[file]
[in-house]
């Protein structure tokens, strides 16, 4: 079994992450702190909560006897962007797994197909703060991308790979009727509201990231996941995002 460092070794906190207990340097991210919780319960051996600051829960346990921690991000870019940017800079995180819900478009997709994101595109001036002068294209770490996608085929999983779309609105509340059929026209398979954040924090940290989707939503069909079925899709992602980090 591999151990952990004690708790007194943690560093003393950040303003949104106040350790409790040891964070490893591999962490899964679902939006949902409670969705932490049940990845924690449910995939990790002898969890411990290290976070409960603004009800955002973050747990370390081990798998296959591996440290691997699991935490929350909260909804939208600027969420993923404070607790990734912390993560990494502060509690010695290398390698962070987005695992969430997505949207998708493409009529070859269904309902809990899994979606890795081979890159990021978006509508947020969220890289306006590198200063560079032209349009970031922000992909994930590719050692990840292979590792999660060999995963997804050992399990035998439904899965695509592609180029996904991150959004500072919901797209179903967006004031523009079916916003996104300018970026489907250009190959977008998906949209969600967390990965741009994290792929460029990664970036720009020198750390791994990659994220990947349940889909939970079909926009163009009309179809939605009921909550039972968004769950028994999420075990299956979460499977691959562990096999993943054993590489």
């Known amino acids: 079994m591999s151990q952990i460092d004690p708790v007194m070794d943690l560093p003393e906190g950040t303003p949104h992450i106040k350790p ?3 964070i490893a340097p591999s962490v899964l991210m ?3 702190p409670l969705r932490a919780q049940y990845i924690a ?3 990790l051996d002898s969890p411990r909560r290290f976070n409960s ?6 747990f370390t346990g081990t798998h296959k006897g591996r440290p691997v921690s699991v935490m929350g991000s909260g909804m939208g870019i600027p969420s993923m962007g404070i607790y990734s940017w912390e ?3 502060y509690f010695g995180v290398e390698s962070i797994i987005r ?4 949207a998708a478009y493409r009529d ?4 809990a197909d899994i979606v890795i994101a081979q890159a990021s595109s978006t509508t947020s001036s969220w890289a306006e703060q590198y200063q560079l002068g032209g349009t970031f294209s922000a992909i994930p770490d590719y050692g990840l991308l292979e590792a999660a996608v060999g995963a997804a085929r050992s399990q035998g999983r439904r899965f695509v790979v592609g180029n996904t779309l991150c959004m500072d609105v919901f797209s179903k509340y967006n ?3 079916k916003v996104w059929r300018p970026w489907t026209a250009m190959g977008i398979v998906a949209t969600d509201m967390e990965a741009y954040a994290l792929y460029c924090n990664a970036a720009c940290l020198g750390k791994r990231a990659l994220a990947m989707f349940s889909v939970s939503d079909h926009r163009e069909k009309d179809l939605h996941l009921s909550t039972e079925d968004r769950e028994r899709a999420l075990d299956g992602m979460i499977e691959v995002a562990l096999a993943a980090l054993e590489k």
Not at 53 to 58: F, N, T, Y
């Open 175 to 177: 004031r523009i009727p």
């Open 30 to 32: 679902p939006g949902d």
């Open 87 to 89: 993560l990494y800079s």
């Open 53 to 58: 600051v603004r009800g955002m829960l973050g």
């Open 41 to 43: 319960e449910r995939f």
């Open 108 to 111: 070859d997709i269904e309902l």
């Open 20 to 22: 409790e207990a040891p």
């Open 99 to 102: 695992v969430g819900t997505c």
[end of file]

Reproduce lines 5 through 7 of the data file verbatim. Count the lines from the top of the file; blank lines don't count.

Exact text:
């Open 175 to 177: 004031r523009i009727p």
């Open 30 to 32: 679902p939006g949902d």
């Open 87 to 89: 993560l990494y800079s």